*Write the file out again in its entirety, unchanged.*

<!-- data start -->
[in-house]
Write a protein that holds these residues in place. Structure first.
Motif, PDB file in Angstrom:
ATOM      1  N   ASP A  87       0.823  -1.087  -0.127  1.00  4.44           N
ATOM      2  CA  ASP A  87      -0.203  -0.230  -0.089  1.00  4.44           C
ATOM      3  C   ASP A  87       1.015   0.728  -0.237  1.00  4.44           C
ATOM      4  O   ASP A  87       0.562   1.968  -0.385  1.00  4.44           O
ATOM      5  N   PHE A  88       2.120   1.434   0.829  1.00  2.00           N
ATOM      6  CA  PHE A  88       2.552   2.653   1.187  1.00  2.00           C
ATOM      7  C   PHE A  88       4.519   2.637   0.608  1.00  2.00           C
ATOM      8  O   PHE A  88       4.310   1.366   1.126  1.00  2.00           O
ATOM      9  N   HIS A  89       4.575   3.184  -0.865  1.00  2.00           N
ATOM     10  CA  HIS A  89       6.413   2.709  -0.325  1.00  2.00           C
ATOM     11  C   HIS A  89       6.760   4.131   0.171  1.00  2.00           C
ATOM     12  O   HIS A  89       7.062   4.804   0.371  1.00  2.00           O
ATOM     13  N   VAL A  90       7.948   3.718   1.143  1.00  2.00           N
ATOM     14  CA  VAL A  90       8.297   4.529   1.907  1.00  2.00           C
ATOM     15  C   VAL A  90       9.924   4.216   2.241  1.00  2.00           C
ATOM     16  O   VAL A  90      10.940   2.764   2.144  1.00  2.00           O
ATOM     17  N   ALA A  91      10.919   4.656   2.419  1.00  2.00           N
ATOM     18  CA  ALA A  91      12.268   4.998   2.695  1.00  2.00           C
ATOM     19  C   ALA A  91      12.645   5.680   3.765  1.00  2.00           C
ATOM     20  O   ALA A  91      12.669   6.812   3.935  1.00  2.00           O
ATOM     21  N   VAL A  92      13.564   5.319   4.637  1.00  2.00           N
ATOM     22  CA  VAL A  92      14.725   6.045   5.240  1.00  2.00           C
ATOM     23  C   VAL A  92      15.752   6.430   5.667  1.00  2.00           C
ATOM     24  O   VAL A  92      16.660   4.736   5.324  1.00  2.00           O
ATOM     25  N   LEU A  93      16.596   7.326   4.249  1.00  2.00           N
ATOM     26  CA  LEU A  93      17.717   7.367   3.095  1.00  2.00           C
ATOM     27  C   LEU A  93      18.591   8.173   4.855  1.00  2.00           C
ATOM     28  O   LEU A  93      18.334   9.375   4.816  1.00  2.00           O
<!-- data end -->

[in-house]
Write a protein that holds these residues in place. Structure first.
Motif, PDB file in Angstrom:
ATOM      1  N   ASP A  87       0.823  -1.087  -0.127  1.00  4.44           N
ATOM      2  CA  ASP A  87      -0.203  -0.230  -0.089  1.00  4.44           C
ATOM      3  C   ASP A  87       1.015   0.728  -0.237  1.00  4.44           C
ATOM      4  O   ASP A  87       0.562   1.968  -0.385  1.00  4.44           O
ATOM      5  N   PHE A  88       2.120   1.434   0.829  1.00  2.00           N
ATOM      6  CA  PHE A  88       2.552   2.653   1.187  1.00  2.00           C
ATOM      7  C   PHE A  88       4.519   2.637   0.608  1.00  2.00           C
ATOM      8  O   PHE A  88       4.310   1.366   1.126  1.00  2.00           O
ATOM      9  N   HIS A  89       4.575   3.184  -0.865  1.00  2.00           N
ATOM     10  CA  HIS A  89       6.413   2.709  -0.325  1.00  2.00           C
ATOM     11  C   HIS A  89       6.760   4.131   0.171  1.00  2.00           C
ATOM     12  O   HIS A  89       7.062   4.804   0.371  1.00  2.00           O
ATOM     13  N   VAL A  90       7.948   3.718   1.143  1.00  2.00           N
ATOM     14  CA  VAL A  90       8.297   4.529   1.907  1.00  2.00           C
ATOM     15  C   VAL A  90       9.924   4.216   2.241  1.00  2.00           C
ATOM     16  O   VAL A  90      10.940   2.764   2.144  1.00  2.00           O
ATOM     17  N   ALA A  91      10.919   4.656   2.419  1.00  2.00           N
ATOM     18  CA  ALA A  91      12.268   4.998   2.695  1.00  2.00           C
ATOM     19  C   ALA A  91      12.645   5.680   3.765  1.00  2.00           C
ATOM     20  O   ALA A  91      12.669   6.812   3.935  1.00  2.00           O
ATOM     21  N   VAL A  92      13.564   5.319   4.637  1.00  2.00           N
ATOM     22  CA  VAL A  92      14.725   6.045   5.240  1.00  2.00           C
ATOM     23  C   VAL A  92      15.752   6.430   5.667  1.00  2.00           C
ATOM     24  O   VAL A  92      16.660   4.736   5.324  1.00  2.00           O
ATOM     25  N   LEU A  93      16.596   7.326   4.249  1.00  2.00           N
ATOM     26  CA  LEU A  93      17.717   7.367   3.095  1.00  2.00           C
ATOM     27  C   LEU A  93      18.591   8.173   4.855  1.00  2.00           C
ATOM     28  O   LEU A  93      18.334   9.375   4.816  1.00  2.00           O